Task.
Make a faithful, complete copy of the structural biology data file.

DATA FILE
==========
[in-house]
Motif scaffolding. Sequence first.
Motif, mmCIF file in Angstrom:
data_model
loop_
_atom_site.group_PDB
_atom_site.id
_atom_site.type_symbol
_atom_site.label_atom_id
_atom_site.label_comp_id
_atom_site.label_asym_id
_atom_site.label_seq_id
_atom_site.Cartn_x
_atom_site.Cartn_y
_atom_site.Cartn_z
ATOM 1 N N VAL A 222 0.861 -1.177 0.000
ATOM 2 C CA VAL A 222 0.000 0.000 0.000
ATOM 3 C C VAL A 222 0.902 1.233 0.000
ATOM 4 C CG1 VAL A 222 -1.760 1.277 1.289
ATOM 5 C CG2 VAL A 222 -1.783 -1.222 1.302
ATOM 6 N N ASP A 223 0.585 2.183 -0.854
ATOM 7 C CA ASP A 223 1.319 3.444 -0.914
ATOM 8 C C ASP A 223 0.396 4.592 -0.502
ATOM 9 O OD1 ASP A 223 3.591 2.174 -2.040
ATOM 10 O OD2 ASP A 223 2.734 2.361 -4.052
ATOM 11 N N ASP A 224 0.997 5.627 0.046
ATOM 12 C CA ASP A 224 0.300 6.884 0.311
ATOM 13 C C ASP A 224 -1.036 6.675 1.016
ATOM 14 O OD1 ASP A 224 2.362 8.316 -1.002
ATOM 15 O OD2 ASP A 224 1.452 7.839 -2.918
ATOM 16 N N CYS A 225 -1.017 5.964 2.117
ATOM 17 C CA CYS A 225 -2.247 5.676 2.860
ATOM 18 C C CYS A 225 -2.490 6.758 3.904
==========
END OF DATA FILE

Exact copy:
[in-house]
Motif scaffolding. Sequence first.
Motif, mmCIF file in Angstrom:
data_model
loop_
_atom_site.group_PDB
_atom_site.id
_atom_site.type_symbol
_atom_site.label_atom_id
_atom_site.label_comp_id
_atom_site.label_asym_id
_atom_site.label_seq_id
_atom_site.Cartn_x
_atom_site.Cartn_y
_atom_site.Cartn_z
ATOM 1 N N VAL A 222 0.861 -1.177 0.000
ATOM 2 C CA VAL A 222 0.000 0.000 0.000
ATOM 3 C C VAL A 222 0.902 1.233 0.000
ATOM 4 C CG1 VAL A 222 -1.760 1.277 1.289
ATOM 5 C CG2 VAL A 222 -1.783 -1.222 1.302
ATOM 6 N N ASP A 223 0.585 2.183 -0.854
ATOM 7 C CA ASP A 223 1.319 3.444 -0.914
ATOM 8 C C ASP A 223 0.396 4.592 -0.502
ATOM 9 O OD1 ASP A 223 3.591 2.174 -2.040
ATOM 10 O OD2 ASP A 223 2.734 2.361 -4.052
ATOM 11 N N ASP A 224 0.997 5.627 0.046
ATOM 12 C CA ASP A 224 0.300 6.884 0.311
ATOM 13 C C ASP A 224 -1.036 6.675 1.016
ATOM 14 O OD1 ASP A 224 2.362 8.316 -1.002
ATOM 15 O OD2 ASP A 224 1.452 7.839 -2.918
ATOM 16 N N CYS A 225 -1.017 5.964 2.117
ATOM 17 C CA CYS A 225 -2.247 5.676 2.860
ATOM 18 C C CYS A 225 -2.490 6.758 3.904